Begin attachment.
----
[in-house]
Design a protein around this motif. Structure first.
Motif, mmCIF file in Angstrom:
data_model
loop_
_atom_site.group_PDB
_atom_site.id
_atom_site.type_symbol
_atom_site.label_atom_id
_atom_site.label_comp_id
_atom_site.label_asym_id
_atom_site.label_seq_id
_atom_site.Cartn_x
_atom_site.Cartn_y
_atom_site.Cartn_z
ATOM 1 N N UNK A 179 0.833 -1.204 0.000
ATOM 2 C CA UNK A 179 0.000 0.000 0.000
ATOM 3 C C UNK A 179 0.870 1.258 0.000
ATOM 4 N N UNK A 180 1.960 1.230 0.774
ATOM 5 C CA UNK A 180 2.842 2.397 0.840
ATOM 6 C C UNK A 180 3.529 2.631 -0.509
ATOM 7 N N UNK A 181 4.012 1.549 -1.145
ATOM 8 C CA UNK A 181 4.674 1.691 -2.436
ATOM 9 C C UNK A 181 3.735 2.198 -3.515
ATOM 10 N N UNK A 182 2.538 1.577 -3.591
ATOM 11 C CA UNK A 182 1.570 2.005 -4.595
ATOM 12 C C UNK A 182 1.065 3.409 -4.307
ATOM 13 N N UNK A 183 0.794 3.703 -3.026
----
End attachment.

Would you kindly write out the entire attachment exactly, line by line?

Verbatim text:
[in-house]
Design a protein around this motif. Structure first.
Motif, mmCIF file in Angstrom:
data_model
loop_
_atom_site.group_PDB
_atom_site.id
_atom_site.type_symbol
_atom_site.label_atom_id
_atom_site.label_comp_id
_atom_site.label_asym_id
_atom_site.label_seq_id
_atom_site.Cartn_x
_atom_site.Cartn_y
_atom_site.Cartn_z
ATOM 1 N N UNK A 179 0.833 -1.204 0.000
ATOM 2 C CA UNK A 179 0.000 0.000 0.000
ATOM 3 C C UNK A 179 0.870 1.258 0.000
ATOM 4 N N UNK A 180 1.960 1.230 0.774
ATOM 5 C CA UNK A 180 2.842 2.397 0.840
ATOM 6 C C UNK A 180 3.529 2.631 -0.509
ATOM 7 N N UNK A 181 4.012 1.549 -1.145
ATOM 8 C CA UNK A 181 4.674 1.691 -2.436
ATOM 9 C C UNK A 181 3.735 2.198 -3.515
ATOM 10 N N UNK A 182 2.538 1.577 -3.591
ATOM 11 C CA UNK A 182 1.570 2.005 -4.595
ATOM 12 C C UNK A 182 1.065 3.409 -4.307
ATOM 13 N N UNK A 183 0.794 3.703 -3.026